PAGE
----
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Wohooo! I made beer!

This is so awesome. I tasted my first batch (a bit early) and it looks like beer, it tastes like beer, and I got a bit of a buzz so I think it’s beer! It’s not the best, but it tastes better than some of the other beers I have had in my life. It’s carbonated, but maybe not fully. It’s clear… But IT’S BEER MAN! One week after bottling. I will now let it go for another week before I taste again. I made a new batch of the same stuff today and it was easier to make because I was not quite as frantically running around. More organized. But here’s a question. My first batch was 1060 OG. the kit said expected is 1061. This batch is the same volume. I marked the carboy at the 5 gallon level so I know there is the same amount of liquid in there. But this batch is 1076 OG. That seems like a big difference. Am I correct? Is there a problem? I was surprised because I thought I did a much more precise job this time. What could cause such a discrepancy?

first off welcome to the obsession. now what kit bid you make, extract, all grain. next was there any steeping grains in the kit. need to know this stuff before giving any advice.

I made the Brewcraft Street’s of London Porter extract kit. It had a package of steeping grains. Two packages of Breiss DME, one dark, one amber.

well one thing that may have gave you more sugar in the second batch is the steeping grain. you may have got more sugar out of them for some reason, but I highly doubt this would account for .017 more.
I would not worry about it to much, looks like you have stronger beer this time.

Yeah that’s weird. You double checked the hydrometer reading?

Extract brewing is prone to wort stratification, even with vigorous mixing. As long as you used the right amount of extract and ended up at the right volume, it’s impossible to NOT have the correct OG. How did the OG sample taste?

I read the hydrometer, and then when I distrusted the reading I moved it and pushed it down and let it stabilize again and it was still 1.076. I tasted it and it tasted very much the same as the last batch I made. So I am very confused. I filled the test cylinder with plain water and it read 1.00 so I know the scale is correct.

Possibly they gave you more extract?

I started keeping notes with yesterdays batch. I guess I need to weigh out the ingredients from now on so that I can keep track of the exact recipe even if its a kit. That’s the funny thing about learning. You first need to identify what you need to learn.

^^^This^^^

OK. Well all seems to be working well. I have bubbling in the airlock. A thick layer of krausen on top. I do have to say though that the last time I made this kit the krausen was contained by the headroom in the carboy. This time it blew through the airlock and i had to run a tube to a container of sanitizer in place of the airlock. So who knows. I do know one thing. I’M MAKIN’ BEER!!! And the beer will be good.

What temp did you pitch at, and what temp is it fermenting at? Typically a blowout is due to one or both of these temps being too high.

I pitched at 64 degrees. I kept room ambient at 67 degrees. The brew temp stated on the directions was 68. I lowered the room ambient as the brewing progressed because the temp shown on the thermometer on the side of the carboy reached 70 at peak.

you probably dont have a sample mixed properly for the higher gravity, or your temp is drstically off. Hydromters are calibrated to a certain temp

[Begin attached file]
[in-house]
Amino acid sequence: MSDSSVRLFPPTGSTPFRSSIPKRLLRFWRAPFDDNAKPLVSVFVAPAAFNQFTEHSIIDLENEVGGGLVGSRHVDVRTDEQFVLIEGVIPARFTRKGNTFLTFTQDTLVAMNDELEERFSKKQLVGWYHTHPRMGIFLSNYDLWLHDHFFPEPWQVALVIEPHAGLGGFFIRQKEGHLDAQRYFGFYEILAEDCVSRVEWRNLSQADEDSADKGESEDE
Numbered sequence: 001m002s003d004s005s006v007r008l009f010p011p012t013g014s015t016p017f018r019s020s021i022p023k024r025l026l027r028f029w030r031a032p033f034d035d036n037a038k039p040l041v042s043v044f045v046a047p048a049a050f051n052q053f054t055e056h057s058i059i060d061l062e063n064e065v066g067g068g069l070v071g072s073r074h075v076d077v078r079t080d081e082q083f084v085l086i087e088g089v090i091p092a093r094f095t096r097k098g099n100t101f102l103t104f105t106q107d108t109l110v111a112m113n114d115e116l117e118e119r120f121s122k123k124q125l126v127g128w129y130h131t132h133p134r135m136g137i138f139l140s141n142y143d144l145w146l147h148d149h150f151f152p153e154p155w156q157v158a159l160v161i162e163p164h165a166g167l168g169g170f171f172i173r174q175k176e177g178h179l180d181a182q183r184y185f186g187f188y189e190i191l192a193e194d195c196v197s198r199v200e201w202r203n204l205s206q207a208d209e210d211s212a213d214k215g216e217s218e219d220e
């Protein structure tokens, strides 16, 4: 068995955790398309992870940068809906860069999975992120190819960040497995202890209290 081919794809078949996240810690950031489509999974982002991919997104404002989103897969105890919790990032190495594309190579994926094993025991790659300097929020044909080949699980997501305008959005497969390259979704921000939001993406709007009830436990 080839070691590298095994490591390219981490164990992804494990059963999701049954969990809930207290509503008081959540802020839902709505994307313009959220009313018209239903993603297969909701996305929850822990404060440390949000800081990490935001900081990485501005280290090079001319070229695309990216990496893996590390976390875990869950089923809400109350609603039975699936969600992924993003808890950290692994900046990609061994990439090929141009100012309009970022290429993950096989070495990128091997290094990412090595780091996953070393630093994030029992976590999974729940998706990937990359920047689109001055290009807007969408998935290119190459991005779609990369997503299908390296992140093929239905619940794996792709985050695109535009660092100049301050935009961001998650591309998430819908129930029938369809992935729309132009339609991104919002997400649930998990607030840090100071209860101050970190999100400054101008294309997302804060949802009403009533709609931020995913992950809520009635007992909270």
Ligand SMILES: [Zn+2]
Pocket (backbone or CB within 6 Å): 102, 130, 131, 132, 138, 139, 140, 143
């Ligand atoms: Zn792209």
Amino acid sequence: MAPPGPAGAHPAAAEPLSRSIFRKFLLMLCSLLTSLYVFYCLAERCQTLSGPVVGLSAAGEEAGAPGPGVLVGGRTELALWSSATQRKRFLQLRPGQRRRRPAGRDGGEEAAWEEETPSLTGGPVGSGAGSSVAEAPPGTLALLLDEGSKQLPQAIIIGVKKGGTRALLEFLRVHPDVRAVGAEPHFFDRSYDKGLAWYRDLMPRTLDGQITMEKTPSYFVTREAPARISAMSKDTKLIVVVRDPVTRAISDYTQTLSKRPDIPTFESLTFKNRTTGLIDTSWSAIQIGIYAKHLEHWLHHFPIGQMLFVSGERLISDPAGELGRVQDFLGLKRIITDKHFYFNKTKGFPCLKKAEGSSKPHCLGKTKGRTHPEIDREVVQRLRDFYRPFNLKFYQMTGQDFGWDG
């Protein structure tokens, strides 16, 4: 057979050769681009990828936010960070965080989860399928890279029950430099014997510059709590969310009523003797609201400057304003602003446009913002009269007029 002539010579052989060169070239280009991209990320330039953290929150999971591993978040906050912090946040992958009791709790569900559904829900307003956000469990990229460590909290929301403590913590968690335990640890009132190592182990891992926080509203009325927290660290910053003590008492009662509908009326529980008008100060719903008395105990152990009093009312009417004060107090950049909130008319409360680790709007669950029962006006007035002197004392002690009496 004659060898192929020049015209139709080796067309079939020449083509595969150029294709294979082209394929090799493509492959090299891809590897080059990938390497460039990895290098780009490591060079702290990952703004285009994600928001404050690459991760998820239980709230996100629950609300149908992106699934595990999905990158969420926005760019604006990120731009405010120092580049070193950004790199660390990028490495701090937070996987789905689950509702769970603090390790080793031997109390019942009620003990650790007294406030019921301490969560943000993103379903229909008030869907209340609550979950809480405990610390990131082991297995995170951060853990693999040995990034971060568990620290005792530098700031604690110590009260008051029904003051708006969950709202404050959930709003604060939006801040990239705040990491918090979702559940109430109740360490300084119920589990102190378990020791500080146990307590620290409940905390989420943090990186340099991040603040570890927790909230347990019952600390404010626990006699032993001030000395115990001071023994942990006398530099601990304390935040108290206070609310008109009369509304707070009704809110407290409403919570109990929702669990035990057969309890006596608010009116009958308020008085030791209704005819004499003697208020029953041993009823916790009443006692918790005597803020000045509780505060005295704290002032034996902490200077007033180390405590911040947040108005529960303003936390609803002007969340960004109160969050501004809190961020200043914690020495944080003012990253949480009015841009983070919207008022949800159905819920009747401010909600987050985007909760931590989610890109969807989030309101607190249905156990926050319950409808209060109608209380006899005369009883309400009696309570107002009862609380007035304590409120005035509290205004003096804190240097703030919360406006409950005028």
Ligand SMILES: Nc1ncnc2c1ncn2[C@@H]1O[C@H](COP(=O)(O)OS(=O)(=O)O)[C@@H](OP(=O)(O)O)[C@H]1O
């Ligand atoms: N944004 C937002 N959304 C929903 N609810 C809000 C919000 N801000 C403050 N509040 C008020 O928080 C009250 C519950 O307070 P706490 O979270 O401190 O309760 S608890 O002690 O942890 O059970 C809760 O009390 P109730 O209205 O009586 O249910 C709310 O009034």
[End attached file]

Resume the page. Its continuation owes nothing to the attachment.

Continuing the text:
Yep, blowout was due to the high temperature. Fermentation is exothermic, so it can be 5-10 degrees higher than ambient temp or even what the stick on thermometer says. So if the thermometer says 70, you’re probably fermenting closer to 75. Maybe not hot enough to give too many off flavors, but definitely hot enough to account for your thick krausen and your blowout. I try to keep my fermenter around 55 degrees ambient, but I’m a big advocate of “low and slow”.

Yep, blowout was due to the high temperature. Fermentation is exothermic, so it can be 5-10 degrees higher than ambient temp or even what the stick on thermometer says. So if the thermometer says 70, you’re probably fermenting closer to 75. Maybe not hot enough to give too many off flavors, but definitely hot enough to account for your thick krausen and your blowout. I try to keep my fermenter around 55 degrees ambient, but I’m a big advocate of “low and slow”.[/quote]

this isnt BBQ, low temperatures are fine if you want to suppress the esters. But slow, nah.
5-10 degree jump in temp is pretty tough to do just from fermentation

Yep, blowout was due to the high temperature. Fermentation is exothermic, so it can be 5-10 degrees higher than ambient temp or even what the stick on thermometer says. So if the thermometer says 70, you’re probably fermenting closer to 75. Maybe not hot enough to give too many off flavors, but definitely hot enough to account for your thick krausen and your blowout. I try to keep my fermenter around 55 degrees ambient, but I’m a big advocate of “low and slow”.[/quote]

this isnt BBQ, low temperatures are fine if you want to suppress the esters. But slow, nah.
5-10 degree jump in temp is pretty tough to do just from fermentation[/quote]

When I ferment with a temperature probe, if my ambient temp is 55°F, my probe settles in at 63°F at high krausen. My understanding is that the higher temperature, the more active the fermentation, which it turn further increases temp. So if I’m able to consistently get a 8° bump at 55°F, I think it’d be pretty easy to get a 10° bump at 70°. Not trying to argue brew chemistry with you, just trying to help answer OP’s questions and concerns. :cheers:

edits: holy typos batman!!

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